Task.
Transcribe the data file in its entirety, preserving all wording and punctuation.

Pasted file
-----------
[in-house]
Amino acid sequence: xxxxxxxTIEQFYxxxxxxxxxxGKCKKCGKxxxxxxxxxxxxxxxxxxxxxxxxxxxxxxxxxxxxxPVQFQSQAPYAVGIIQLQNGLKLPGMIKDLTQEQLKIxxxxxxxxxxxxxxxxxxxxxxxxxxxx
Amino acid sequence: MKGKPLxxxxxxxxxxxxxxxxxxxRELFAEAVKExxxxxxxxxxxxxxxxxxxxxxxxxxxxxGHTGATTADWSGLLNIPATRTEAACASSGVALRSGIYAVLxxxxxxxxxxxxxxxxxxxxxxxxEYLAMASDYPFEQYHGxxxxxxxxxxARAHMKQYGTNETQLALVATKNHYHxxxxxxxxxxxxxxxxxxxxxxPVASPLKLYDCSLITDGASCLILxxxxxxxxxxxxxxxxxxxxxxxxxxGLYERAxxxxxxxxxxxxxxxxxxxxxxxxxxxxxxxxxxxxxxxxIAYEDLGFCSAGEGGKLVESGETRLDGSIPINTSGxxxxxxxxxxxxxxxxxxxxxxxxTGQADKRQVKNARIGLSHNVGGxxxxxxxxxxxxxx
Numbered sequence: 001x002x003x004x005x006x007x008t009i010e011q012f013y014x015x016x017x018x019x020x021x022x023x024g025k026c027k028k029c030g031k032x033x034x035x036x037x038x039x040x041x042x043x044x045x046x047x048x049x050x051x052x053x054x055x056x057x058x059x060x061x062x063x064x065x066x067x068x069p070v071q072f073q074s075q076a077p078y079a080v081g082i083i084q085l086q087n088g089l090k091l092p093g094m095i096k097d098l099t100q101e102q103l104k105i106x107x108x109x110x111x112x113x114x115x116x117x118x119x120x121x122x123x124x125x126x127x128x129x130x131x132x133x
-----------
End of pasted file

[in-house]
Amino acid sequence: xxxxxxxTIEQFYxxxxxxxxxxGKCKKCGKxxxxxxxxxxxxxxxxxxxxxxxxxxxxxxxxxxxxxPVQFQSQAPYAVGIIQLQNGLKLPGMIKDLTQEQLKIxxxxxxxxxxxxxxxxxxxxxxxxxxxx
Amino acid sequence: MKGKPLxxxxxxxxxxxxxxxxxxxRELFAEAVKExxxxxxxxxxxxxxxxxxxxxxxxxxxxxGHTGATTADWSGLLNIPATRTEAACASSGVALRSGIYAVLxxxxxxxxxxxxxxxxxxxxxxxxEYLAMASDYPFEQYHGxxxxxxxxxxARAHMKQYGTNETQLALVATKNHYHxxxxxxxxxxxxxxxxxxxxxxPVASPLKLYDCSLITDGASCLILxxxxxxxxxxxxxxxxxxxxxxxxxxGLYERAxxxxxxxxxxxxxxxxxxxxxxxxxxxxxxxxxxxxxxxxIAYEDLGFCSAGEGGKLVESGETRLDGSIPINTSGxxxxxxxxxxxxxxxxxxxxxxxxTGQADKRQVKNARIGLSHNVGGxxxxxxxxxxxxxx
Numbered sequence: 001x002x003x004x005x006x007x008t009i010e011q012f013y014x015x016x017x018x019x020x021x022x023x024g025k026c027k028k029c030g031k032x033x034x035x036x037x038x039x040x041x042x043x044x045x046x047x048x049x050x051x052x053x054x055x056x057x058x059x060x061x062x063x064x065x066x067x068x069p070v071q072f073q074s075q076a077p078y079a080v081g082i083i084q085l086q087n088g089l090k091l092p093g094m095i096k097d098l099t100q101e102q103l104k105i106x107x108x109x110x111x112x113x114x115x116x117x118x119x120x121x122x123x124x125x126x127x128x129x130x131x132x133x